200K years 2cm

Lift­ing bare­foot boosts neu­ral feed­back to im­prove pro­pri­o­cep­tion. This helps you re­fine your tech­nique and ac­ti­vates more mus­cle fi­bres, in­creas­ing your power out­put

Men's Health (UK) - - Agenda -

With our springy foot arches, Homo sapi­ens is per­fectly de­signed for bare­foot run­ning – which was the norm for our an­ces­tors for mil­len­nia

The re­vival of bare­foot run­ning hit its peak in the UK in 2012. Go­ing shoe­less is thought to en­cour­age you to stop strik­ing your heels on the floor, aid­ing both safety and speed

Heel-strik­ers use less oxy­gen to run at the same pace as bare­foot run­ners (who of­ten land on the fore­foot), burn­ing through fewer carbs for en­ergy Univer­sity of Mas­sachusetts Amherst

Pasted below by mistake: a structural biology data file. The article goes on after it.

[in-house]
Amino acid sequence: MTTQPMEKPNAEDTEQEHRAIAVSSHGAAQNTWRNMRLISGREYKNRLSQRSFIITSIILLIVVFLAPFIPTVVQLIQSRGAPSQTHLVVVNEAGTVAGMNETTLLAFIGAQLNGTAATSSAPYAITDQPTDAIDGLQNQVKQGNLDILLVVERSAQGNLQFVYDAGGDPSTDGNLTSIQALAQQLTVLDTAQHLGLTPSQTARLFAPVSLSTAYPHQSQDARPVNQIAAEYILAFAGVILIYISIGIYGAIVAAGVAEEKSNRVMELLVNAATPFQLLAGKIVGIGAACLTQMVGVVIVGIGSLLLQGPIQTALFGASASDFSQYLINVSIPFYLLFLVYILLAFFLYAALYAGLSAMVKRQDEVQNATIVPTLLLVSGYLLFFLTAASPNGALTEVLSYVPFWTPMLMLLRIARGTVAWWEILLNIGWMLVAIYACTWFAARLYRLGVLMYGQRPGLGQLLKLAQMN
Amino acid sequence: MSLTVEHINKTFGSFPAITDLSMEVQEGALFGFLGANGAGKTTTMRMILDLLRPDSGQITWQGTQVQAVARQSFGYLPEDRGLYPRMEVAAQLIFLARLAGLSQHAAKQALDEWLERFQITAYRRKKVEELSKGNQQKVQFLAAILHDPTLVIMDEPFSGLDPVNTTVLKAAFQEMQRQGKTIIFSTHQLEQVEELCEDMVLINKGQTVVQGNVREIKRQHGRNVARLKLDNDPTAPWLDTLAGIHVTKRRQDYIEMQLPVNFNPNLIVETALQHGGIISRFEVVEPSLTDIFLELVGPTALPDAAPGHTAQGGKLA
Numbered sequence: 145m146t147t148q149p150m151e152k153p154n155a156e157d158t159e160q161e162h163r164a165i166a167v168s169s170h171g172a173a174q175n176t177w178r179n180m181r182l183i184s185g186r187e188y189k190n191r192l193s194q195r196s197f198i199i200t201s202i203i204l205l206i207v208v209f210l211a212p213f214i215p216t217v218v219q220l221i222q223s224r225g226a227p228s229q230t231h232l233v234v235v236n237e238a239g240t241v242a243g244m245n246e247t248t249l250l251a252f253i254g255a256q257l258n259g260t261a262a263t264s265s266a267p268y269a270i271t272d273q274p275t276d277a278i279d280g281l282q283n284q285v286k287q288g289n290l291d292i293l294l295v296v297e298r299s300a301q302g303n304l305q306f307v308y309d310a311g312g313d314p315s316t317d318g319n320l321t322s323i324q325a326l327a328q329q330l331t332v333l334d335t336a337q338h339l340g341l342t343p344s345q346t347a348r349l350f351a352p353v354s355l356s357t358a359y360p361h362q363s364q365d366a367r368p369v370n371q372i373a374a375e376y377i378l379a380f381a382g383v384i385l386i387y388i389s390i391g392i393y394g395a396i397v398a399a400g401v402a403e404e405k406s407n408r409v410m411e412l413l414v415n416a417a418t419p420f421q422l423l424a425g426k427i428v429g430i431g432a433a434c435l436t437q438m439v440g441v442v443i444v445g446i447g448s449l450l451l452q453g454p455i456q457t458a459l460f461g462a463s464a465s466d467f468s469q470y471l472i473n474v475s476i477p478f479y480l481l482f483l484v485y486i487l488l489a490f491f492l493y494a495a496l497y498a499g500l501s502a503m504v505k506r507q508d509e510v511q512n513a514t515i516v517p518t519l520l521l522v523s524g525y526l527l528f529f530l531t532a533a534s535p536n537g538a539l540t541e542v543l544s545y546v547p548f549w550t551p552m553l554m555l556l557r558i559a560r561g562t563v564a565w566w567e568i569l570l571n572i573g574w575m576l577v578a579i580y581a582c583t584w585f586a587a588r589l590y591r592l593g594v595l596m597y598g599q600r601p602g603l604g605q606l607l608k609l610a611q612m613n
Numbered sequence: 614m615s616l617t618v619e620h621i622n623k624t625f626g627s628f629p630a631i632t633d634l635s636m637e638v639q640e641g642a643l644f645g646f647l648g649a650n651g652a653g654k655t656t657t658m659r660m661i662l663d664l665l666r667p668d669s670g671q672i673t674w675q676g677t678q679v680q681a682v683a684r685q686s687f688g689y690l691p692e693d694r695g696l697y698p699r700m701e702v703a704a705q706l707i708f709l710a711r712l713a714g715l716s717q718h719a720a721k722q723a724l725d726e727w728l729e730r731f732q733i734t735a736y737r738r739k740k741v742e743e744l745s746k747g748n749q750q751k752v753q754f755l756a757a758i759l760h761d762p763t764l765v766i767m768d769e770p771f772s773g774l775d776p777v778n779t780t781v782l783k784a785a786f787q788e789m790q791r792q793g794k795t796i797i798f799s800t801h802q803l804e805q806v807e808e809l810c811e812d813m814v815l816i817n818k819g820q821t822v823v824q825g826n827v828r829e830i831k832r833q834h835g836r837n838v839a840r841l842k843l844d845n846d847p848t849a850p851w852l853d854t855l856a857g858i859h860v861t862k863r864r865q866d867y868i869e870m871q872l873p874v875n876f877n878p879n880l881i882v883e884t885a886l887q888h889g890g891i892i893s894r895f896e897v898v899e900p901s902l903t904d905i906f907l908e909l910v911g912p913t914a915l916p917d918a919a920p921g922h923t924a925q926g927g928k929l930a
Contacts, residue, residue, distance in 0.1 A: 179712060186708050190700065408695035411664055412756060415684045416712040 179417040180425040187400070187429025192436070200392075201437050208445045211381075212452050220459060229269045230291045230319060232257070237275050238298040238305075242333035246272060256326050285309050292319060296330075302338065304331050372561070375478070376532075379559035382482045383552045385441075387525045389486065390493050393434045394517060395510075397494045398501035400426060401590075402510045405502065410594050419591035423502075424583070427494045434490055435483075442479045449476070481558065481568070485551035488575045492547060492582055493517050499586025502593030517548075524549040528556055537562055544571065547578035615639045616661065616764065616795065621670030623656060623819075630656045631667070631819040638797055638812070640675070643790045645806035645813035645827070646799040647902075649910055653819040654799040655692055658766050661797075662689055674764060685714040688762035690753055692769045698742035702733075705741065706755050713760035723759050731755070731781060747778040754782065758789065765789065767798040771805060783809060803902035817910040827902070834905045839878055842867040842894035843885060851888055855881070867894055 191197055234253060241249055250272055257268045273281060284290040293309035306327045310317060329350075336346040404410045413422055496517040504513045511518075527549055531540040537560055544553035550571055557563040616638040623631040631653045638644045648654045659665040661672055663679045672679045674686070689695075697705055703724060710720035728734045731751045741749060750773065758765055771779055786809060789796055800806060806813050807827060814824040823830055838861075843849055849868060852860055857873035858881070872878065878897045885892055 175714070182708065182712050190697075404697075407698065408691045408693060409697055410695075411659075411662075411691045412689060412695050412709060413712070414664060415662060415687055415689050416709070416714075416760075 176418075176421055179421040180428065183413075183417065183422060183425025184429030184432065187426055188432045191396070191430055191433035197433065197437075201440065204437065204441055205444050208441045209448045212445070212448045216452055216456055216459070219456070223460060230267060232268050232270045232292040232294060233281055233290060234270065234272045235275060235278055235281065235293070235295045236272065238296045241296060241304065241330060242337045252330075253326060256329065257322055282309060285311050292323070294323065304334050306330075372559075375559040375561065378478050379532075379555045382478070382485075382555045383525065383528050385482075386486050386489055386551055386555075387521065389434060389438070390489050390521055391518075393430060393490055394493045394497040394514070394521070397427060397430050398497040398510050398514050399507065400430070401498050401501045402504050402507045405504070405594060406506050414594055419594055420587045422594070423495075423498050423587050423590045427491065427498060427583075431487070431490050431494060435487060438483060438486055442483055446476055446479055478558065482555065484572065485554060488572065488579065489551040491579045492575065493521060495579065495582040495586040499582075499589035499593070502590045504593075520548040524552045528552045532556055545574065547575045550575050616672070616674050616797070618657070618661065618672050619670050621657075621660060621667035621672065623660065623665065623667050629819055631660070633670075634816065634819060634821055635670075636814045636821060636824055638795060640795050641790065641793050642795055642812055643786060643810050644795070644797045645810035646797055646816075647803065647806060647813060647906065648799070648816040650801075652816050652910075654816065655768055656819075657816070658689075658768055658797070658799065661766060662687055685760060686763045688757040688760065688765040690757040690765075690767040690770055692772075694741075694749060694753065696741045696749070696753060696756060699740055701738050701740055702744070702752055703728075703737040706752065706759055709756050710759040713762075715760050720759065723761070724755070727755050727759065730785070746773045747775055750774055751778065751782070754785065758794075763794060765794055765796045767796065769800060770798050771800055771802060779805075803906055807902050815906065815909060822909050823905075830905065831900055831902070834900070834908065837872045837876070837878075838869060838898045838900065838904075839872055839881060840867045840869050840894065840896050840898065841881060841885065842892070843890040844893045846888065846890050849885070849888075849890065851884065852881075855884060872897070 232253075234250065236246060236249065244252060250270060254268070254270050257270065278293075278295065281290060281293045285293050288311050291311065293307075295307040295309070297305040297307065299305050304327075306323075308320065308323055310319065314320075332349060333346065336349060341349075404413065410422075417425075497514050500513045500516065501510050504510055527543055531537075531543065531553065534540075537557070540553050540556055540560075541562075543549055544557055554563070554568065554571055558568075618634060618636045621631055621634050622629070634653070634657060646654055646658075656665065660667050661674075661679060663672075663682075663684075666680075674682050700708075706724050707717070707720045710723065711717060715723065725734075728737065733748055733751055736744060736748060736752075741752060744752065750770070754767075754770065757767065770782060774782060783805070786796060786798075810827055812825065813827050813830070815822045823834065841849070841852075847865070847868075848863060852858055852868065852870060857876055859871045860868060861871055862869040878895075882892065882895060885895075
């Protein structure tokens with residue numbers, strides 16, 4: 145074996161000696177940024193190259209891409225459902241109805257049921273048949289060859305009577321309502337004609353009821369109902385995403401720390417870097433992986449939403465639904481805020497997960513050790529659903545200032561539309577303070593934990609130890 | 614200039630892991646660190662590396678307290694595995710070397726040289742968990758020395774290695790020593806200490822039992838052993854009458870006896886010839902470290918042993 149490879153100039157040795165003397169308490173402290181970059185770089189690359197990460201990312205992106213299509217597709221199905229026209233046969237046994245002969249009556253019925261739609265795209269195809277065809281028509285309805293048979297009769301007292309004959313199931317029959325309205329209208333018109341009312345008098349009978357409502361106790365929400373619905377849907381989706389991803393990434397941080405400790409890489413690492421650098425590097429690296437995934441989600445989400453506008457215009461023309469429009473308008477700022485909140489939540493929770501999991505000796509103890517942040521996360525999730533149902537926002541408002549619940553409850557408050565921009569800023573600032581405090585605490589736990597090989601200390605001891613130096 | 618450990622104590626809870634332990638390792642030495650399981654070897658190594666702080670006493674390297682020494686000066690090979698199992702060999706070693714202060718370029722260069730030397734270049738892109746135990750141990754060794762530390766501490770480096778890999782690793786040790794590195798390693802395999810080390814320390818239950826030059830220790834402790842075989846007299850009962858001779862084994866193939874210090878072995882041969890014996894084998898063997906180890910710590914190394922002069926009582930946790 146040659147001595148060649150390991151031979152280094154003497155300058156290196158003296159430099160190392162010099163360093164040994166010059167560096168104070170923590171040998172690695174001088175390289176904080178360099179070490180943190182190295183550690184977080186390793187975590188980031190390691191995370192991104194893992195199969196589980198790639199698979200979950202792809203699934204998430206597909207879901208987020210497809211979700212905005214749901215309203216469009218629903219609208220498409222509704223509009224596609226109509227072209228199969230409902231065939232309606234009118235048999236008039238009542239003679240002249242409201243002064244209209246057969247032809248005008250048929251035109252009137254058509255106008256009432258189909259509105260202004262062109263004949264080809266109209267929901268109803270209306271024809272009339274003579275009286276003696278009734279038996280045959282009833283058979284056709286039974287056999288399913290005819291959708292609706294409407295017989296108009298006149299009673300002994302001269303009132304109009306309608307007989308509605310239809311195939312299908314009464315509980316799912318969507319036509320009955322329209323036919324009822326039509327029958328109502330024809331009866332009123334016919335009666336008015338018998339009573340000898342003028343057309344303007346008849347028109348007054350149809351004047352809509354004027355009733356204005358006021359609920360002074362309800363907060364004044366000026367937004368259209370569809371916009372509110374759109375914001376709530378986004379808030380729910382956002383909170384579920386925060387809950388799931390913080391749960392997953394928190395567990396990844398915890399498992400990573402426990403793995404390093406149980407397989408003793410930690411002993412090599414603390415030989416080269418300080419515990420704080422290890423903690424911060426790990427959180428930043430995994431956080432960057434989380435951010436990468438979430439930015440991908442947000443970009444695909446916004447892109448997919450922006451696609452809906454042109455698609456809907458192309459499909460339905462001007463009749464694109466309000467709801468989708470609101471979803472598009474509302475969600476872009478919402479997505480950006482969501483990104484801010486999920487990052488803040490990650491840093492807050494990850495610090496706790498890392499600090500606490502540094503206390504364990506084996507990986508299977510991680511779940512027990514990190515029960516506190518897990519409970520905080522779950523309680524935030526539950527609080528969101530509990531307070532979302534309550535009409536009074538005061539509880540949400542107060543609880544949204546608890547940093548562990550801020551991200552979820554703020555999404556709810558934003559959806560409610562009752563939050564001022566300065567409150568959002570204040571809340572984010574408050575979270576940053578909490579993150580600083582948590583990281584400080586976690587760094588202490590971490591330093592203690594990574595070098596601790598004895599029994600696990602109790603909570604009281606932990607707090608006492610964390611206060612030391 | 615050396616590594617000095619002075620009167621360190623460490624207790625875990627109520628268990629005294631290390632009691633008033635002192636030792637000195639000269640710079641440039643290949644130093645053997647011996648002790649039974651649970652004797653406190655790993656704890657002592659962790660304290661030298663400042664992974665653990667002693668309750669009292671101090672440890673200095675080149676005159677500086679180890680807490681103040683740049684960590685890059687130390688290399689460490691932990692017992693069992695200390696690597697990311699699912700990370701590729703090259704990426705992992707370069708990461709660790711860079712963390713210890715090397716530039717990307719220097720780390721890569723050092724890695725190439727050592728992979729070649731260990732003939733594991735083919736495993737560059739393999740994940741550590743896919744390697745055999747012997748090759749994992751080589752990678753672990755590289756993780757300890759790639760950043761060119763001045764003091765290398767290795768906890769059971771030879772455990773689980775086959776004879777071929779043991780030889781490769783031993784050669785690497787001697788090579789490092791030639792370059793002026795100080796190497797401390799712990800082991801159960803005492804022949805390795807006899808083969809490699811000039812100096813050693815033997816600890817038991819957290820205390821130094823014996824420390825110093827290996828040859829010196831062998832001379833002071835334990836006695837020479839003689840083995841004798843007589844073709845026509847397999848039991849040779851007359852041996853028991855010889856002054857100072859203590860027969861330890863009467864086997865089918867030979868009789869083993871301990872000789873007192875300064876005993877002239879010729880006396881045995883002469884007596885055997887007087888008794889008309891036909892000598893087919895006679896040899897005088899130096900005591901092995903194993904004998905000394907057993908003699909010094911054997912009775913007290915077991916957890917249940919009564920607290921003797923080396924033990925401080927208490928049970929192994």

Bare­foot run­ning forces your calves to func­tion at an ex­tra 2cm of length, which can cause in­jury. So, switch grad­u­ally Mitchell Phillips, run­ning per­for­mance an­a­lyst

Univer­sity of Chich­ester re­searchers com­pared the power out­put of bare­foot and shod lifters, re­veal­ing that those wear­ing shoes pushed an av­er­age of 12% harder than those with­out

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